Updated: Apr 16
I have countless conversations with my clients, colleagues and friends over the past few weeks concerning leadership, decision making and this crisis. Unfortunately, I've been hearing some unbelievably bad stories about how leaders and companies are handling things right now. Instead of telling you the top five things you should be doing as a leader right now, these are examples of the worst things you could do.
In no particular order...
1. Pretend this is OK. Stop pretending. Hopeful, confident, and positive are not synonymous with pretending. Give people the time and space they need to process this. It feels like an alien invasion or an episode of Stranger Things. Have a discussion about the real of this and allow for anything to be said. Share your vulnerabilities honestly too. Be a leader but also be a human being.
2. Lying about the future. Your employees and teams need to hear truth and uncertainty in honest language. Telling everyone everything is going to be fine, then laying people off 2 days later is unacceptable. If you don't know, say that. If you are staring at 5 tough choices and none of them are easy, then speak that out loud. You can be realistic and hopeful simultaneously.
3. Hiding at home (sticking your head in the sand). If you are playing dodgeball with phone calls from your team, managers, Board of Directors, etc. STOP. Avoiding problems does not make them go away. Face this head on, regardless of the outcome, and your customers and employees will respect it.
4. Having multiple personalities. You have to get on board with consistency. Being spastic, emotionally volatile or unpredictable right now does not provide the stability your employees need. Freak out when you can privately. Communicate with consistency publicly. Don't email out important stuff and talk about cats in your zoom meetings. Be appropriate in where, when and how you deliver bad news.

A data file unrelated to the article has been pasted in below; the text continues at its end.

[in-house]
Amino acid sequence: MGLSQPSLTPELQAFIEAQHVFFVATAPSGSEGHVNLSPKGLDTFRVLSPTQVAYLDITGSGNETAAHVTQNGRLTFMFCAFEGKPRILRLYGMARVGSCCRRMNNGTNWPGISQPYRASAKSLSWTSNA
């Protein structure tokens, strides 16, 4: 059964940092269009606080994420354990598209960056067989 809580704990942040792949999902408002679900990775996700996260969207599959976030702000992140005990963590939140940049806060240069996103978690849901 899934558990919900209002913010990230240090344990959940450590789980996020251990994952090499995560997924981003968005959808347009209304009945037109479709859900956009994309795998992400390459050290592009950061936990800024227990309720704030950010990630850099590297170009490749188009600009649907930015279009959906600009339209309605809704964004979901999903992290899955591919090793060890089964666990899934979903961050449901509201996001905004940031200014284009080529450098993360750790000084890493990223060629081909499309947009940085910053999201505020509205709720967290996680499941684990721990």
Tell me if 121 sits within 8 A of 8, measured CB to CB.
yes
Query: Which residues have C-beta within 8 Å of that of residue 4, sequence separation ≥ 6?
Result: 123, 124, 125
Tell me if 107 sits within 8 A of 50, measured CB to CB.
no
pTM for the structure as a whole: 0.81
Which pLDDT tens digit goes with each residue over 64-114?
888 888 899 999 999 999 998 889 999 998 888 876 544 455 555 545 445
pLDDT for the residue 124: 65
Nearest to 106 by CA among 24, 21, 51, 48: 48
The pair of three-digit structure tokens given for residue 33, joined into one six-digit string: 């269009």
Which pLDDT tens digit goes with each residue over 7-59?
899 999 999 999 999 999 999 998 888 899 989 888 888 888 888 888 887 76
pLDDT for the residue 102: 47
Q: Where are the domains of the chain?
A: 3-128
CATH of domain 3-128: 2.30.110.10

5. Self-protectionism - or any form of selfishness. There is no place in the world right now for this, there never has been. No one will follow a leader, or return to work for a company where they thought the leader was saving only the jobs and salaries at the top. Take one for the team. Cut something for yourself first. Put your needs aside and think of others.
6. Acting Defensive. If you are lashing out at others and feeling defensive, you need to stop and ask yourself why. Defensive behavior makes you look guilty and like you are hiding something. It makes people suspicious and makes them uneasy. They immediately feel uncertain and that they will be soon be blamed or thrown under the bus. It erodes trust in an organization almost as quickly as dishonesty.
7. Demanding perfection. We are all being asked to do things we never imagined at work, all while juggling the stress, our hand sanitizer, our bills and our lives. Start the day instead by assuming everyone is doing their best and that is good enough today. Be reasonable and give grace. Ask what can get done, not telling what you expect to get done.
8. Assuming the worst. Quit thinking that your employees working from home are screwing around and eating bon-bons all day. They are parenting and worrying and sanitizing and working hard to keep jobs they need. Threatening behavior and assumptions of laziness do not motivate harder work or more dedication. They show people the true culture of your workplace and where they don't want to work when this is over.